Photo by Brent Huggins


ann                          Why Tarpon?  


               Tarpon are long lived fishes.  Large tarpon can live in excess of seventy (70) years.  As with most long lived fishes, their reproductive success is very low.  Consequently, conscientious preservation of the species requires responsible stewardship derived from a better understanding of the life cycle and migratory patterns of tarpon.  By gaining insight into where tarpon go, why they go there and when, we can better understand environmental issues and man's impact on the species. 

               Tarpon are generally not sought as source of food.  Most consider the flesh of tarpon inedible.  Therefore, tarpon are almost exclusively sought after by recreational anglers.  That is not, however, to say that tarpon do not have a significant economic impact on communities with viable tarpon fisheries. Each year, in Florida alone, tarpon fishing brings millions of dollars to local communities along both coasts.  From the research undertaken so far, marine biologists have conclusively established that tarpon throughout the Atlantic and Caribbean migrate across state and international boundaries.  Consequently, activities beyond the control of many states and nations, therefore, impact the viability of local fisheries and could negatively impact local economies.

                   ITCA exists to create an avenue whereby meaningful research can be conducted into tarpon and increase our understanding of these great sportfish.  ITCA will then use that information to inform the public concerning reasonable conservation efforts and fishing practices to help preserve tarpon for generations to come.  However, ITCA will not lobby any government to change recreational fishing regulations.   ITCA's Bylaws say it best:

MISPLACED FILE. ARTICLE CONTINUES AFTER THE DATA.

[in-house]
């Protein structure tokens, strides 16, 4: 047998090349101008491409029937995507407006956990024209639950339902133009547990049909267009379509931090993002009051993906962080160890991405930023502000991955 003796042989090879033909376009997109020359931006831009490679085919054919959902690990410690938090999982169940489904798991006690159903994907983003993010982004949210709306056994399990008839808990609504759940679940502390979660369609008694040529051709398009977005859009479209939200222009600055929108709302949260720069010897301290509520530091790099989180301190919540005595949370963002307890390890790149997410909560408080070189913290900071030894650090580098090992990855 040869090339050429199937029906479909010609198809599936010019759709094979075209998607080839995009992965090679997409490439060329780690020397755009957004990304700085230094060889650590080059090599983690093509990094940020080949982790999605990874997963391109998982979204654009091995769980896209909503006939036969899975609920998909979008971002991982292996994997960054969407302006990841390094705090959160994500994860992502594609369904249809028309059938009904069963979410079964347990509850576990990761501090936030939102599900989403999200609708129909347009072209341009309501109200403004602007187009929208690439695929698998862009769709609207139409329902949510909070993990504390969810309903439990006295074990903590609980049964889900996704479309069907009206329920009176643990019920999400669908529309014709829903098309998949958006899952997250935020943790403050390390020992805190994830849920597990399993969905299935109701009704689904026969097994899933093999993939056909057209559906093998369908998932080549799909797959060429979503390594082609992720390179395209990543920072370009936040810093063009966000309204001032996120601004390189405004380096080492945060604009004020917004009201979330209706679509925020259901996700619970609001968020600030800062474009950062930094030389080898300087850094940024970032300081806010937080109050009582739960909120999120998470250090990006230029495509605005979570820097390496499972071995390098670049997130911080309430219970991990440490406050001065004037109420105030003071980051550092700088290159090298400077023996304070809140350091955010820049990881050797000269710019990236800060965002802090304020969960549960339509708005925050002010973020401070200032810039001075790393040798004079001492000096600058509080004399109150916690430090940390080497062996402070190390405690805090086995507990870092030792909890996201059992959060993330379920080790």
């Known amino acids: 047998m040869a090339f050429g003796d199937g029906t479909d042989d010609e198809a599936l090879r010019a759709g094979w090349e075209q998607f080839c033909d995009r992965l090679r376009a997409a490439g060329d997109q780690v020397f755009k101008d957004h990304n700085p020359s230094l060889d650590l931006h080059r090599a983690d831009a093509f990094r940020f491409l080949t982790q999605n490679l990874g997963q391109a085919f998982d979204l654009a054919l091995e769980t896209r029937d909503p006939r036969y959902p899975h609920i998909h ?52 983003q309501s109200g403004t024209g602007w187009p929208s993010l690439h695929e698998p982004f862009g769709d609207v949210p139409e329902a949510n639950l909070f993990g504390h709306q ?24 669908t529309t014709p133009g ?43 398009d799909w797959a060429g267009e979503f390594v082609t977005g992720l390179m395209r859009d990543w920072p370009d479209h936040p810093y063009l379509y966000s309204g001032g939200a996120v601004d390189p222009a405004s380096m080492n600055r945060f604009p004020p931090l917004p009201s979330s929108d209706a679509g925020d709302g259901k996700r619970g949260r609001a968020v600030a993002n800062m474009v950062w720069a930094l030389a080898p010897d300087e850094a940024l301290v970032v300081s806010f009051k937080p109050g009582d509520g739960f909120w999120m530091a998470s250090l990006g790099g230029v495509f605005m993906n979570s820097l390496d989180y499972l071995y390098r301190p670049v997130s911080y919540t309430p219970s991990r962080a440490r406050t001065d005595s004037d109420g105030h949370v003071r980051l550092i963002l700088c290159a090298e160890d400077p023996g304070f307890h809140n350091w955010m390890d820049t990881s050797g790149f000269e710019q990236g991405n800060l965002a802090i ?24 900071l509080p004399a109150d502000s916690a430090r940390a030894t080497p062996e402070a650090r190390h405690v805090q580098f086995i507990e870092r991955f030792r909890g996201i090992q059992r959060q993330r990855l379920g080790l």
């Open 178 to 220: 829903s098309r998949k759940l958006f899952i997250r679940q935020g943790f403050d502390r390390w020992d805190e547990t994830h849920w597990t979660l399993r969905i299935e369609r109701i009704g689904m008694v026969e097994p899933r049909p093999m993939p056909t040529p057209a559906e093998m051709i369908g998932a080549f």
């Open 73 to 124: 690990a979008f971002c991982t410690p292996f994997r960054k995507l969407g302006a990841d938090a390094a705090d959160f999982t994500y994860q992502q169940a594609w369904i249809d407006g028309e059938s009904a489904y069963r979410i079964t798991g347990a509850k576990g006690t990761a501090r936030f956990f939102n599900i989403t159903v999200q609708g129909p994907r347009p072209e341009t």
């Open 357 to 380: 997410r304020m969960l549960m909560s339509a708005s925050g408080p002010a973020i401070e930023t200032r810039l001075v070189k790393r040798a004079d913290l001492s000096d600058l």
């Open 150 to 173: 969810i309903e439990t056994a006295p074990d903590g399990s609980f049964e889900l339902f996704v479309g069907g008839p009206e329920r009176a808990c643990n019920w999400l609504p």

• "The International Tarpon Conservation Association (ITCA) is dedicated to scientific and educational efforts to promote and contribute to the conservation of the Megalops Atlanticus, also known as tarpon... ITCA shall not  propose legislation or actively lobby any government or legislative body to impose additional regulations on charter or recreational angling. However, ITCA shall use its conservation, research and educational efforts to support legitimate biological research projects and inform anglers of ethical and responsible fishing techniques and management practices, all of which will conserve, promote and support tarpon populations around the world."

*  ITCA Bylaws, Section 1.02(a)